Woman May Face Heavy Sanctions
In Homeowners' Association Lawsuit
Article Courtesy of KOLD News 13
Published October19, 2004
A lawsuit against a homeowners' association northwest of Tucson could now come back against the woman who filed it. Whatever the court decides, a Tucson legislator says it's one more example of how the state needs to regulate the associations more closely.
After more than six years in Superior Court, the suit filed against Casas Adobes Terrace by a resident there could be an expensive lesson for Mika Sadai, who faces hundreds of thousands of dollars in court sanctions.
Sadai filed against the Casas Adobes Terrace Homeowners Association in 1998 for, among other things, a recall election to take her off the board of directors that she says was illegal. But since then, Sadai transferred ownership of her house and some other properties to family members. The court says not only does that change the nature of her case, but Sadai was not honest about the transfers. Now the court is considering as much as $400,000 in sanctions against her.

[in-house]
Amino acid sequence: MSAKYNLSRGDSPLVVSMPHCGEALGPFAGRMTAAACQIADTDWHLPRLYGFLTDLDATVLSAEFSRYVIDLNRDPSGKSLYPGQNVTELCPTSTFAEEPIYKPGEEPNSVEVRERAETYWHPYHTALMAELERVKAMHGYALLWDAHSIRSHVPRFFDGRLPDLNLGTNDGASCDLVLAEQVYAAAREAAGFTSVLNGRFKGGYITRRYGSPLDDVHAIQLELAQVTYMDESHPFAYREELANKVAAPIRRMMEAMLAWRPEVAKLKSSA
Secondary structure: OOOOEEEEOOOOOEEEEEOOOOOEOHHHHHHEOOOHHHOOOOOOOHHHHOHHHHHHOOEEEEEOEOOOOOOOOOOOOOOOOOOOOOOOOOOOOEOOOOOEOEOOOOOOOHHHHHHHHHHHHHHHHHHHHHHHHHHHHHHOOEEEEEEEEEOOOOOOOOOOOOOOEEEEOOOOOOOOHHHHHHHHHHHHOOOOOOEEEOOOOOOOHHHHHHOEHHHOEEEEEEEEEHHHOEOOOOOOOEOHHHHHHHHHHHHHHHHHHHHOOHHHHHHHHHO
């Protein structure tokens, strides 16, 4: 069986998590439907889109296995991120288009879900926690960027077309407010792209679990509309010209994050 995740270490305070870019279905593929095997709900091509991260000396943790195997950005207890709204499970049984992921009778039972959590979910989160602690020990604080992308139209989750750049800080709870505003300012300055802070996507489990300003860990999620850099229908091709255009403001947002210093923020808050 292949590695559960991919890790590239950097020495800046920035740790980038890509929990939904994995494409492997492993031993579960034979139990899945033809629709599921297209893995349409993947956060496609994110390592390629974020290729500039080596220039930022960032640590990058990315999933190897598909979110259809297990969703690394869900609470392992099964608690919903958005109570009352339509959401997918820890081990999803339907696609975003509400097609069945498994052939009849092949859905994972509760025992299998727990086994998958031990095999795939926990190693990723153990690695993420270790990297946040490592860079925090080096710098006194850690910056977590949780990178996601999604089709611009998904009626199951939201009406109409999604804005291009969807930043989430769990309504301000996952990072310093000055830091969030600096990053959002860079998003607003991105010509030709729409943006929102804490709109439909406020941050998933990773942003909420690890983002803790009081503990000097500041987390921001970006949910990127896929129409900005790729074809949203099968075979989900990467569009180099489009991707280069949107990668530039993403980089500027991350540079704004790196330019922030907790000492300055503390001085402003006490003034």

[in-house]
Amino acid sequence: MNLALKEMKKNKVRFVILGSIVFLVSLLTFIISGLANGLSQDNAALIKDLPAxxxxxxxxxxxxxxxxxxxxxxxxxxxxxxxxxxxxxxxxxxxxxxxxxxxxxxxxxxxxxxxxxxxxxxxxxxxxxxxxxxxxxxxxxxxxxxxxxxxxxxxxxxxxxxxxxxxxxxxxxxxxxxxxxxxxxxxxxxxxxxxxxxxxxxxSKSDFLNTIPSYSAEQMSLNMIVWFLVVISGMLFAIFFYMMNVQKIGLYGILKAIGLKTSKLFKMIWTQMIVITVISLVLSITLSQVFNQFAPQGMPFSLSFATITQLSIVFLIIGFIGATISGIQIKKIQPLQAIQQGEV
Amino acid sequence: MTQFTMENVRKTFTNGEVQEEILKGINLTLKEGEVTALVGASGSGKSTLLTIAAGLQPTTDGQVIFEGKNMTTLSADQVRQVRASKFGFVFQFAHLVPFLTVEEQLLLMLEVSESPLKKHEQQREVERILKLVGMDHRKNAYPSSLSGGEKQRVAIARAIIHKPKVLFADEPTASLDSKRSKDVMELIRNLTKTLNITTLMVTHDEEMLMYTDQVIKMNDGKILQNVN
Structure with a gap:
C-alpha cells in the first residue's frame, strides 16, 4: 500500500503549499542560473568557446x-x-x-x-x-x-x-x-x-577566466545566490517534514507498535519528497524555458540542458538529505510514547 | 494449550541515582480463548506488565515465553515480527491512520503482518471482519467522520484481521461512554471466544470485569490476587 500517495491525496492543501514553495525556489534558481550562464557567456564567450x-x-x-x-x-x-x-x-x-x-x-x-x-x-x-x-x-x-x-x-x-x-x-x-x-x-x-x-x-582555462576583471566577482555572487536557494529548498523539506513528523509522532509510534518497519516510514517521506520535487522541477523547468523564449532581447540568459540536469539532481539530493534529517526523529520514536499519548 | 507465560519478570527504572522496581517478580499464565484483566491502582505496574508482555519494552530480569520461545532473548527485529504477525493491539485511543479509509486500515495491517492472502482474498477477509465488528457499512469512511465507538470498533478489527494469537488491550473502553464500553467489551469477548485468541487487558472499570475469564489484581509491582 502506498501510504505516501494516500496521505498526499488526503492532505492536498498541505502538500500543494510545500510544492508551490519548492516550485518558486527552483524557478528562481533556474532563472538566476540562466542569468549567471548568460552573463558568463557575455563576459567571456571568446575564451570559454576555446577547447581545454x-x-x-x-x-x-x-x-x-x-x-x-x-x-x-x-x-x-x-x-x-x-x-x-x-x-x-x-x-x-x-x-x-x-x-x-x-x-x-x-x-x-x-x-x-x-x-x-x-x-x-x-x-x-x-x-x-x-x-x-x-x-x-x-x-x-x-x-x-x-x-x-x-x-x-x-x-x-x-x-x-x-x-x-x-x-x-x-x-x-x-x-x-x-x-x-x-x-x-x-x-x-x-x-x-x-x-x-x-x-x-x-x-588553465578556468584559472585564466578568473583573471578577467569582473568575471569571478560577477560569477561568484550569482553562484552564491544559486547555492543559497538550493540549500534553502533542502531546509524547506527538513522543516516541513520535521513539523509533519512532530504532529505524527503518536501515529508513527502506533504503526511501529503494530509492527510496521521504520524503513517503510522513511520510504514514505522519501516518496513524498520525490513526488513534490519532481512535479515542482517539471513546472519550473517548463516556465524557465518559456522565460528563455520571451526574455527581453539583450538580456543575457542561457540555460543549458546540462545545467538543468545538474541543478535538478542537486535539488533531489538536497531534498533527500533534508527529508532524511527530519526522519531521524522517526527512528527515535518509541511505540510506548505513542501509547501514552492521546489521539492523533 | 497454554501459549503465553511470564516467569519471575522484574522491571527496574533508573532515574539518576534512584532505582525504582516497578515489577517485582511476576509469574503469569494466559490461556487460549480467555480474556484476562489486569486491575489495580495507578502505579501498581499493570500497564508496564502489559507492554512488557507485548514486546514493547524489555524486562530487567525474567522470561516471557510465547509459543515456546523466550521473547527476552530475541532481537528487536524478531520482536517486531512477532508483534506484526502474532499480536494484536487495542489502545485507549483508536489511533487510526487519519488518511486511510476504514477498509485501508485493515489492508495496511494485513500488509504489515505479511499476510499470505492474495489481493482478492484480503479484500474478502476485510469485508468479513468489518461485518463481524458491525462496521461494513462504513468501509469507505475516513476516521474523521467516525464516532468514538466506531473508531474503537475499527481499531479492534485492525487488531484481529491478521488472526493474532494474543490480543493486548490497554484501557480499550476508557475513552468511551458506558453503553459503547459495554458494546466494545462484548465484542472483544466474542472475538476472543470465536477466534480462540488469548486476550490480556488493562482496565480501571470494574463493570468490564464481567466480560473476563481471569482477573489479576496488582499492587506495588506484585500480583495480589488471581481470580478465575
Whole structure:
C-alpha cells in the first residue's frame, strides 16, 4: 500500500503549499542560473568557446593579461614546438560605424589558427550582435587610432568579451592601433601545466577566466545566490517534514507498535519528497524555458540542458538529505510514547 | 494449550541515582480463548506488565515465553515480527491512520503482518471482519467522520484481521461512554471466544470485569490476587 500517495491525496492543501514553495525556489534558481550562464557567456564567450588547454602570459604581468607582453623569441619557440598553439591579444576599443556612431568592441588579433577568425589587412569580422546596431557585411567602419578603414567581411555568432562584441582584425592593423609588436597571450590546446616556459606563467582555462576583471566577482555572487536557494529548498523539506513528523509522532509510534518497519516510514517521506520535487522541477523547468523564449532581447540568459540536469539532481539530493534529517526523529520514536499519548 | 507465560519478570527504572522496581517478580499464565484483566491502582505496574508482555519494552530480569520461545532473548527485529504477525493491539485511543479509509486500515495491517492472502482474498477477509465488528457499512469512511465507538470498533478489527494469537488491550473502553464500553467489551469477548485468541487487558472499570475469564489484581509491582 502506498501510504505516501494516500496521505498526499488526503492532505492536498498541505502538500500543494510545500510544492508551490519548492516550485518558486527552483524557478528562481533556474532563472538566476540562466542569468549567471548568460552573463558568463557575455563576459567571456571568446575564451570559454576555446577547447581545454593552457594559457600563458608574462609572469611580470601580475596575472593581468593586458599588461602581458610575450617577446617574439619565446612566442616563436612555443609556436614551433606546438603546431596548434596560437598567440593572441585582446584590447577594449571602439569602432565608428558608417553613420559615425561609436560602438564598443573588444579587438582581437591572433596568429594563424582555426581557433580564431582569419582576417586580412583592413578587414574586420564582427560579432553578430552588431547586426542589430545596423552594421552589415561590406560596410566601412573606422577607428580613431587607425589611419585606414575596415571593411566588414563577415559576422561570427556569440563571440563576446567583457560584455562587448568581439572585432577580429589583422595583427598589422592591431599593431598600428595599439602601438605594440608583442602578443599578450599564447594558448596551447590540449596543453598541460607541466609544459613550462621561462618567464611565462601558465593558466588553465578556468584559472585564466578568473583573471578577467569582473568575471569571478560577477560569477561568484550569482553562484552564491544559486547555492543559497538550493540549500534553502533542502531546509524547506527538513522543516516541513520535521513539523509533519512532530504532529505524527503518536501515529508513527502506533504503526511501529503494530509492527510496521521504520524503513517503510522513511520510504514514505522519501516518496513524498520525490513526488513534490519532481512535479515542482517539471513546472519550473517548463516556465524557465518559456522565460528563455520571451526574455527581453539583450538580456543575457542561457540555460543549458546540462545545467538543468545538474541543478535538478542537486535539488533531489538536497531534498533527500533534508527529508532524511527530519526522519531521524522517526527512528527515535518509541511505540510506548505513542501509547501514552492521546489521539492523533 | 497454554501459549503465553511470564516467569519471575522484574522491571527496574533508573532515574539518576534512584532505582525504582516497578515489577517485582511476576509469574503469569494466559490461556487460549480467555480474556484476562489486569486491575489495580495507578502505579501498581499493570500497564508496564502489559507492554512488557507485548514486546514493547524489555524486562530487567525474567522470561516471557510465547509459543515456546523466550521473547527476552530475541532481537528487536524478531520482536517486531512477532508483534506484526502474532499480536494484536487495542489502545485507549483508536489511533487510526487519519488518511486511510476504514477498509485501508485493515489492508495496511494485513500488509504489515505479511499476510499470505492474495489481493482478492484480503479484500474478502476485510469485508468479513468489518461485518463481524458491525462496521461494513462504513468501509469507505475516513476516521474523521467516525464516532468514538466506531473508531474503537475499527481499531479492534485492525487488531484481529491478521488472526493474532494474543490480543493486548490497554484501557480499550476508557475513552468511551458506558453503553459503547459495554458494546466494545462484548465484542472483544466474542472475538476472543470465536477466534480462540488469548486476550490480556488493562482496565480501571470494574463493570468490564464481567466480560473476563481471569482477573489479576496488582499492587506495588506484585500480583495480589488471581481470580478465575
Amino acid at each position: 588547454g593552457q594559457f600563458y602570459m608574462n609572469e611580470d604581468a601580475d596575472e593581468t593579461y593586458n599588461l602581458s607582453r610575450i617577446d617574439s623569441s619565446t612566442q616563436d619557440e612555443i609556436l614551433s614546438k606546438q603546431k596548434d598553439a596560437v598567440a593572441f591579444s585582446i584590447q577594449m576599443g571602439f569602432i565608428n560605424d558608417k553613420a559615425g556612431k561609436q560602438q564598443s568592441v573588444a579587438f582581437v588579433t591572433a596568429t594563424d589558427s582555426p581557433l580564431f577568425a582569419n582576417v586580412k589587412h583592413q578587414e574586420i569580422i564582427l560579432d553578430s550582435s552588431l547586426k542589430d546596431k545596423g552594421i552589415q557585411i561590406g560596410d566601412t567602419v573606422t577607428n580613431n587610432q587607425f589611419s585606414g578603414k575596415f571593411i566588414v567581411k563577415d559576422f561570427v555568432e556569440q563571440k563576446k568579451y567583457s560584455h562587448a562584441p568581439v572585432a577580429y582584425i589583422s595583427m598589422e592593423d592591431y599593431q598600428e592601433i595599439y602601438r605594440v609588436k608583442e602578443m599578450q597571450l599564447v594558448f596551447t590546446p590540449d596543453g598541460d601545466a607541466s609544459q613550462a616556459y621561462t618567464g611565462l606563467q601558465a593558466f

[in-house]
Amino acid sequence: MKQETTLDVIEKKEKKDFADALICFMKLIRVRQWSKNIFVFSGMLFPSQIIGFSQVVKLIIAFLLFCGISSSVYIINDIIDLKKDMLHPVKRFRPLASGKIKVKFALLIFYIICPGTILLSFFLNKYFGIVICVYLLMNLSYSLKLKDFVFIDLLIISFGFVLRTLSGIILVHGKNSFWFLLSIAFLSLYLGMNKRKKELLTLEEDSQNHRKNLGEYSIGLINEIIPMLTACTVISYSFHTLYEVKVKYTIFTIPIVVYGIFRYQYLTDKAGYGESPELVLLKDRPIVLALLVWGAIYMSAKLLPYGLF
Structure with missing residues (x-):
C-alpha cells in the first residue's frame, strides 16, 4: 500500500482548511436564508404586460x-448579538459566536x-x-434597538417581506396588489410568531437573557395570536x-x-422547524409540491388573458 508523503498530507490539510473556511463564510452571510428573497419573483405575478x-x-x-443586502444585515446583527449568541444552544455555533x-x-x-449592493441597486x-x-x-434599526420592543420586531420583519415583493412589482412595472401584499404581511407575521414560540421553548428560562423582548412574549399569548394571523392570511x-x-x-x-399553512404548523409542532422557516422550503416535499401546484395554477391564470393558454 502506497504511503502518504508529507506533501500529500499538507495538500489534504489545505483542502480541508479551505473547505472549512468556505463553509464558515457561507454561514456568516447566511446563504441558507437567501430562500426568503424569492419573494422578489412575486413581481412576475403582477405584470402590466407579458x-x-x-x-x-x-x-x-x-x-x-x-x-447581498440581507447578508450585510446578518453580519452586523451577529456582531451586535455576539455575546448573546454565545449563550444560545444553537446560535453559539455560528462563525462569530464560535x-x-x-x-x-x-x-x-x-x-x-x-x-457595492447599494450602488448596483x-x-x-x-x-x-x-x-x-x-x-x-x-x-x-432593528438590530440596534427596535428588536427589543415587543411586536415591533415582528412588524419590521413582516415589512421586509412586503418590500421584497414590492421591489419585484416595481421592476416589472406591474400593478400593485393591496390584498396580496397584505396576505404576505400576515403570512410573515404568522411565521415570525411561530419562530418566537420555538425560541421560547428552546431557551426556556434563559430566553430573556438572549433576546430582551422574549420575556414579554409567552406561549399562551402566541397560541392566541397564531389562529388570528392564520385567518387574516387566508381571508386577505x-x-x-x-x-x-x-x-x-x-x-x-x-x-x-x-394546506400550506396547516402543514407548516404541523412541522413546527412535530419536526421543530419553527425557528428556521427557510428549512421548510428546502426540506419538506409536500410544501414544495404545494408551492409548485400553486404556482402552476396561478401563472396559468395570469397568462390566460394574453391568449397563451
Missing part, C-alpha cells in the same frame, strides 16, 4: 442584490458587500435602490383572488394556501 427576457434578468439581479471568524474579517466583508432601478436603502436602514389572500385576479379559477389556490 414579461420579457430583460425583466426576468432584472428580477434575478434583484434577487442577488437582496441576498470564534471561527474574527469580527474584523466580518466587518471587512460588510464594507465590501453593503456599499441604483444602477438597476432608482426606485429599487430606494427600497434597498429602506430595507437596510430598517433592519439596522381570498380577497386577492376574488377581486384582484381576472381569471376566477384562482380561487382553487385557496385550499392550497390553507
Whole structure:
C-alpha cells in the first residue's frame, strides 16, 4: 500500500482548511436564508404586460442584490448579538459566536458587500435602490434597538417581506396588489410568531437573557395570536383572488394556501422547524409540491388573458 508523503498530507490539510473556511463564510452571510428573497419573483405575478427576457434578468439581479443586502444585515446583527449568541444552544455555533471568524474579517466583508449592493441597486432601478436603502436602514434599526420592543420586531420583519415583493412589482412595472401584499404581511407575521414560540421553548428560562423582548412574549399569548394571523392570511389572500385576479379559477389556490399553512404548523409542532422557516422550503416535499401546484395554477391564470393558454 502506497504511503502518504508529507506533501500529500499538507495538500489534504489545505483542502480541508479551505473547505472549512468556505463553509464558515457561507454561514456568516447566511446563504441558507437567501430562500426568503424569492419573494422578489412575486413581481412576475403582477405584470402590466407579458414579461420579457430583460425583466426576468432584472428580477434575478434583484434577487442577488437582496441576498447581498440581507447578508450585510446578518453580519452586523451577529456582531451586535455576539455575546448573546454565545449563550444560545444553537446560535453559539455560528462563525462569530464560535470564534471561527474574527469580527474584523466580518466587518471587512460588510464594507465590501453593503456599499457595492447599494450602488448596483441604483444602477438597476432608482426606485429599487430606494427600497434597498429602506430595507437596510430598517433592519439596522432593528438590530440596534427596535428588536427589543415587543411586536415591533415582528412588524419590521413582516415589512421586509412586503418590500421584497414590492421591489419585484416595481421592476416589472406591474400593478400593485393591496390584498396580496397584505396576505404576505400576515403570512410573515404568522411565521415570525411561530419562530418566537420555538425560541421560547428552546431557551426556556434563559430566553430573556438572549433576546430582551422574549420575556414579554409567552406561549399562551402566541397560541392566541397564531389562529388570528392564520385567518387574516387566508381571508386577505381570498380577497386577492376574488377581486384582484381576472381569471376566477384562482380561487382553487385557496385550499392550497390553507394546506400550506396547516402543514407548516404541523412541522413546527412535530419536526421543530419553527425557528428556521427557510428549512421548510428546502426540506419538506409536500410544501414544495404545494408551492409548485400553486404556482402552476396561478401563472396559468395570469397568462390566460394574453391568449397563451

"Courts make many mistakes about facts," Sadai says. "Courts are not right, necessarily. That's the problem."
State Representative Ted Downing says whatever the court decides in this case, it shows the state should better define its HOA laws.
"It's not a government, it's not a corporation, what is it, it's somewhere in between, and it's an in between without clear definition by the state," he says. "That's our job and I'm hoping we can define it."
"We don't have a clear set of rules where people can come down and deal with one another, and say, 'This is how I appeal.' There's no appeal in Arizona. You only go to the courts and you end up with what you're seeing here."
New regulation could be a testy area with HOA's, but even Rich Baumann on the Casas Adobes Terrace's current board agrees more specifics -- such as how long to give a resident before penalizing them for a violation -- could take out some guesswork.
"If there was a standard length of time and that was published, it could provide for more uniformity," he says.
Sadai says, "Homeowners associations are flawed fundamentally. They need not only surface reform, but to be plowed from the bottom."
Just how deep the state can plow is something the legislature must determine, and that will take time.
The attorney representing the homeowners' association and other defendants did not want to comment on this case. The judge could have a decision within the next 30 days.